See the 44 Greatest Atlanta Braves here.
Dusty was drafted in the 26th round in 1967 out of a California high school. By September of 1968 he was briefly in the majors, but it took until 1972 for him to stick for good. I’m not sure why the Braves preferred to play Mike Lum and Sonny Jackson to the kid who was hitting .300 in the minors, but whatever. In 1972 he was the regular centerfielder and hit .321/.383/.504, making him the second-best hitter on the team.
It might have been better if he hadn’t played so well right off the bat, because he wasn’t really a .320 hitter (at least not yet) and when he started hitting a more typical .260-.280 the team identified him as a disappointment. Maybe he was, but we’re talking a good outfielder (in center most of the time, until he moved to right his last year in Atlanta) with 20 homers a year. He wasn’t a league leader in anything, but he was a little above-average in a whole lot of things, and that adds up.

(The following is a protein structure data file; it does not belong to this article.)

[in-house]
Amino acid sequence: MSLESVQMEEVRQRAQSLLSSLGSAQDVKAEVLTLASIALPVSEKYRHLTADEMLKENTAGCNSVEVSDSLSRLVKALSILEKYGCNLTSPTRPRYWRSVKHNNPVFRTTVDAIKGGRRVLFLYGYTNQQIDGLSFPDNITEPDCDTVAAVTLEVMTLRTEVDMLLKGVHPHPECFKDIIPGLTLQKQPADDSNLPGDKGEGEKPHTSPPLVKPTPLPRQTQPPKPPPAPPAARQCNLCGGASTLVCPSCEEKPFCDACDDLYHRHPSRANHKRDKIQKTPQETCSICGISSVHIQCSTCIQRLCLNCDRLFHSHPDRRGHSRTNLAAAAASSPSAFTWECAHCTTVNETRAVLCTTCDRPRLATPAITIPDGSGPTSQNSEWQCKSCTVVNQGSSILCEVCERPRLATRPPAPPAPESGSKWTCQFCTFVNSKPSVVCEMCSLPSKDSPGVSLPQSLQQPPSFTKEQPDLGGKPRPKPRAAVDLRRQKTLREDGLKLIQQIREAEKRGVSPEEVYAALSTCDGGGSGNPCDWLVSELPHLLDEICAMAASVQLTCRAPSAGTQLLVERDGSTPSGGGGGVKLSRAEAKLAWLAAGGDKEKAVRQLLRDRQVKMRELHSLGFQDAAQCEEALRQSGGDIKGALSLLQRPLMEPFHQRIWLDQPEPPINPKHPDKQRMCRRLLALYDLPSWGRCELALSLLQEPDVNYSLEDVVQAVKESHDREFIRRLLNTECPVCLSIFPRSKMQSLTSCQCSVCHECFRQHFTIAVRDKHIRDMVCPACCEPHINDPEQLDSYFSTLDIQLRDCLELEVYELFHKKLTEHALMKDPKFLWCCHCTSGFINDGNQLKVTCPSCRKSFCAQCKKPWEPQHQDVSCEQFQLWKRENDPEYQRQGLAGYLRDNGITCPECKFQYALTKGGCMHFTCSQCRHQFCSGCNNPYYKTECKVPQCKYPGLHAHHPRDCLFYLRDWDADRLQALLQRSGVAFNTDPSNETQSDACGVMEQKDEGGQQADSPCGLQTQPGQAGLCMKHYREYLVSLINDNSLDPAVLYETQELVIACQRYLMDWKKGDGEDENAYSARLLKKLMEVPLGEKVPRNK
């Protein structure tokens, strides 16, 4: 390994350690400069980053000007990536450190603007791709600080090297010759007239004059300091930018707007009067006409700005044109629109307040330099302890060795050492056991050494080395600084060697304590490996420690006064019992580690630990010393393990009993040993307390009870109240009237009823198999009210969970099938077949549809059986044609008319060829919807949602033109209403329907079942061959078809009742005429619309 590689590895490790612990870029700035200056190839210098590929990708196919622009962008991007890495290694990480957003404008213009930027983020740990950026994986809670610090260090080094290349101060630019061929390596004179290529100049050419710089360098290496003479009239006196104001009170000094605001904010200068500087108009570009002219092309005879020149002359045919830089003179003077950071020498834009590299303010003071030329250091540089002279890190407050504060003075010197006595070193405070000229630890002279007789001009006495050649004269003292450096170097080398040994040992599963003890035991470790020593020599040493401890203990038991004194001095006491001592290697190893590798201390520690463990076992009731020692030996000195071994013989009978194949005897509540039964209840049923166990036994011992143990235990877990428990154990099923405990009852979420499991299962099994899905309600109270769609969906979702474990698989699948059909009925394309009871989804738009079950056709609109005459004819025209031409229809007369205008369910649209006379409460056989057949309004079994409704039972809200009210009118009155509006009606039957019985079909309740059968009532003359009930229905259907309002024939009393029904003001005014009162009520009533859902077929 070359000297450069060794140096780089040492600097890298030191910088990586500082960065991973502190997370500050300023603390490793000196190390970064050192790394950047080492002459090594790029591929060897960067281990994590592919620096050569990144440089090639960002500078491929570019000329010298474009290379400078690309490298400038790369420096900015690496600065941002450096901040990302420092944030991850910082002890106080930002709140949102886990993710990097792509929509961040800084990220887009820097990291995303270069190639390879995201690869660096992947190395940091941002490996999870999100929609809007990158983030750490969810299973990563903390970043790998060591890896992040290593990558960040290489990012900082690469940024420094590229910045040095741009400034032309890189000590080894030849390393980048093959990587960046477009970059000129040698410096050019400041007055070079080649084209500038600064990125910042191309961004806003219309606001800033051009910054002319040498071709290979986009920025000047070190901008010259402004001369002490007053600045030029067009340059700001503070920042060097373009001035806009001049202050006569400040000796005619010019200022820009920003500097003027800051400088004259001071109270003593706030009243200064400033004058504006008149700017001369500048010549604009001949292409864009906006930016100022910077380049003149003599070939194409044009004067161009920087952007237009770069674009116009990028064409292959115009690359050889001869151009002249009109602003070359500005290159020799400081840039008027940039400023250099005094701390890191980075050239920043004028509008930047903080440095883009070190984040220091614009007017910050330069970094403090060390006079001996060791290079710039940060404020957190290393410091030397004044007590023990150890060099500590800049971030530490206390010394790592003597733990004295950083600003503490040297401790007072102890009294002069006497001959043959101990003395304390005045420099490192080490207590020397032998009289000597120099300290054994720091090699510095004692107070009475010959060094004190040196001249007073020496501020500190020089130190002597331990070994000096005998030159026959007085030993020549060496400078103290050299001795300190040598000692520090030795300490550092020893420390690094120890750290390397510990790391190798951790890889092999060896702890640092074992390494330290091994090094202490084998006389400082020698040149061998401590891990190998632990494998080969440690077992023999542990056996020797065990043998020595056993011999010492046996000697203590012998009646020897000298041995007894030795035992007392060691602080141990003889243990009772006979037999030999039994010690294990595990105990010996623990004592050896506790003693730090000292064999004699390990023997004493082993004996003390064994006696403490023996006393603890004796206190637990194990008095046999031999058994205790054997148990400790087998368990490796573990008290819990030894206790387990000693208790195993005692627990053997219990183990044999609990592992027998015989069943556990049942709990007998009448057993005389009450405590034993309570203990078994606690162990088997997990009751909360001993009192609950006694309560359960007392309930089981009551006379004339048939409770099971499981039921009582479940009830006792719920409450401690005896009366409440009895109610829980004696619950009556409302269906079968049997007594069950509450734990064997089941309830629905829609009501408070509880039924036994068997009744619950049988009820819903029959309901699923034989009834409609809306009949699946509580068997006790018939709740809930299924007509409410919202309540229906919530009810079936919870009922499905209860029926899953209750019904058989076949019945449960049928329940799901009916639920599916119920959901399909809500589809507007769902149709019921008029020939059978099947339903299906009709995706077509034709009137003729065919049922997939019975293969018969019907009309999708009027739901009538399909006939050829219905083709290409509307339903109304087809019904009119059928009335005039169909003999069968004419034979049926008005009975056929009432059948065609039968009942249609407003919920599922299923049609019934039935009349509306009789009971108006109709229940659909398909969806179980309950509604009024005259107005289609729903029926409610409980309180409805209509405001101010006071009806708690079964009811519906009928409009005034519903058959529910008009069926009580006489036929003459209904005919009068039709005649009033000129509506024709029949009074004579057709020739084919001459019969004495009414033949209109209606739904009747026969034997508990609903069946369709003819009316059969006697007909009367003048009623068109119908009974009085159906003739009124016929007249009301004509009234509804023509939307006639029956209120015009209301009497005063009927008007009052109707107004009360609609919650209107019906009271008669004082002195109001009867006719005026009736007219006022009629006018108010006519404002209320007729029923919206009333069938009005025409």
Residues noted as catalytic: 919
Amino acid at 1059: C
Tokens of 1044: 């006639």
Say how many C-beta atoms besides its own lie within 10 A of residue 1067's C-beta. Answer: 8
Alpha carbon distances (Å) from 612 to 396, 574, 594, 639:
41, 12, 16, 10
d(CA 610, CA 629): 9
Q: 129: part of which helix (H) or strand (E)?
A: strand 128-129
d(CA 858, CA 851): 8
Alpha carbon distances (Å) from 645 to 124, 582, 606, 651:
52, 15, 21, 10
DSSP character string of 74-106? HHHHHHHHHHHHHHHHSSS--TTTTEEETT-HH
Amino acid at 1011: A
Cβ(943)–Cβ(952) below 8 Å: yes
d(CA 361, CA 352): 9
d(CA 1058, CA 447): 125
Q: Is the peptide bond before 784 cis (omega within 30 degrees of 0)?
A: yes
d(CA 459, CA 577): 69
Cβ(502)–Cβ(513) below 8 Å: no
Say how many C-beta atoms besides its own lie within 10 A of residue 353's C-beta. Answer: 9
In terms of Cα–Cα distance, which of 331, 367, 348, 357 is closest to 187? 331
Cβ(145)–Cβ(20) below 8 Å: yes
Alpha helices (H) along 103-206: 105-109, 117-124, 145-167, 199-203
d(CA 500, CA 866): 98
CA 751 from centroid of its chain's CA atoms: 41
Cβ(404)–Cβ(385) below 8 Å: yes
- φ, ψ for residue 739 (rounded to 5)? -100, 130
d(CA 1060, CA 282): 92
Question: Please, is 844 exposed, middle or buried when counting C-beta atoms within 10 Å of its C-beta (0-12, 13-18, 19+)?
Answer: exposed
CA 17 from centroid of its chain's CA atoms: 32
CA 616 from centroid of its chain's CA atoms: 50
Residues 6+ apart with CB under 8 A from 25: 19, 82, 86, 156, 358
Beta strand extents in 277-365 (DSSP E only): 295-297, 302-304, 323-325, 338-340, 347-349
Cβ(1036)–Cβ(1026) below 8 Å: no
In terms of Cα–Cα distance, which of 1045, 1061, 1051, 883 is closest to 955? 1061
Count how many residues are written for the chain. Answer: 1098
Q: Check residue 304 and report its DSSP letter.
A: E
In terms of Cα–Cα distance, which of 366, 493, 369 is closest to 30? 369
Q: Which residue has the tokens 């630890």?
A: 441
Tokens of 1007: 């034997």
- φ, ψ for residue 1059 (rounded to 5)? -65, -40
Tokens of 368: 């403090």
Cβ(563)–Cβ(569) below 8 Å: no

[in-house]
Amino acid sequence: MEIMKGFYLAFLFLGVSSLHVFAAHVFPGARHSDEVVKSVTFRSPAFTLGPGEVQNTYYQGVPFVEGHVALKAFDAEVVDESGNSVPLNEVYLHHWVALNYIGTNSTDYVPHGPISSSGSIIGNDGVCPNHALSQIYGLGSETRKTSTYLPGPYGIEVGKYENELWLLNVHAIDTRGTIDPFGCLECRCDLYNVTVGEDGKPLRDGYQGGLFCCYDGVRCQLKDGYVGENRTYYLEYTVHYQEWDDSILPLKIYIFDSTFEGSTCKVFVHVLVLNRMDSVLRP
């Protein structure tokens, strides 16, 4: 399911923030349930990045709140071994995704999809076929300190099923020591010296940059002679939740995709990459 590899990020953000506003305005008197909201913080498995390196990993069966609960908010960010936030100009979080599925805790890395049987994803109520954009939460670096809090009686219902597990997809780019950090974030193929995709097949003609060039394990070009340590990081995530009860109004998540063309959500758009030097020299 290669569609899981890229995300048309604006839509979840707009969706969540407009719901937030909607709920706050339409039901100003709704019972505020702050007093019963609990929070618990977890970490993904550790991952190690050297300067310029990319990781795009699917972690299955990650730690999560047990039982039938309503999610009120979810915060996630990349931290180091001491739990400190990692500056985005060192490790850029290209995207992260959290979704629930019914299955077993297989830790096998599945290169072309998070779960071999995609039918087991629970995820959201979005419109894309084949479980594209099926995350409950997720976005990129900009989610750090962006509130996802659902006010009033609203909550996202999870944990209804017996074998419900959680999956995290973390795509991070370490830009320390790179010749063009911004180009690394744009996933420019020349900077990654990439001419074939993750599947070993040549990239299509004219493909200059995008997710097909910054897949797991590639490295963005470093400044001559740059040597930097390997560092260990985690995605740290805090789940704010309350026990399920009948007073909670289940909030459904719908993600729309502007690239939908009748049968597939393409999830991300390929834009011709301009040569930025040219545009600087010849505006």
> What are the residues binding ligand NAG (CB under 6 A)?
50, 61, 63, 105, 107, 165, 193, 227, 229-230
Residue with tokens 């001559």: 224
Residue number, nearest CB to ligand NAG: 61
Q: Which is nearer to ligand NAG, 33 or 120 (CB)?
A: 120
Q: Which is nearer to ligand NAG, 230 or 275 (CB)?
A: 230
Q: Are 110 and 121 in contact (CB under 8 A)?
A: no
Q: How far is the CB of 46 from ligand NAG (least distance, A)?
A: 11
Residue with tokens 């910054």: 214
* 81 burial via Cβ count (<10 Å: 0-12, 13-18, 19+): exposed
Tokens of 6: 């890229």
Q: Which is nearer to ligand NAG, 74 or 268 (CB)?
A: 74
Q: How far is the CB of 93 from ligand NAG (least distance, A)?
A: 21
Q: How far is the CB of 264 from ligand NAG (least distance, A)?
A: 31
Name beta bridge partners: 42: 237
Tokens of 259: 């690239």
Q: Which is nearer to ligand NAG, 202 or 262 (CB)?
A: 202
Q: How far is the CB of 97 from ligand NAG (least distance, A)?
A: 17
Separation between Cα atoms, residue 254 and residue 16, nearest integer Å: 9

Anyway, after the 1975 season he was traded to the Dodgers in a package for Jimmy Wynn, Tom Paciorek, Lee Lacy, and Jerry Royster. It was a terrible deal, and not only because of Paciorek’s broadcasting career or Royster’s incredible number of outs. Baker got off to a slow start in LA but eventually became an MVP candidate.
Baker’s career is sort of like that of some guys who are rated below him — Lonnie Smith, Gary Matthews (actually Baker’s most similar player by Similarity Scores), and Jeff Burroughs. He had one big year which he wasn’t able to match in a career of four full seasons. He just rates a little bit better — his career, because of the three part-seasons, was a bit longer, he was a better defensive player. So he rates here. Maybe it’s a little high.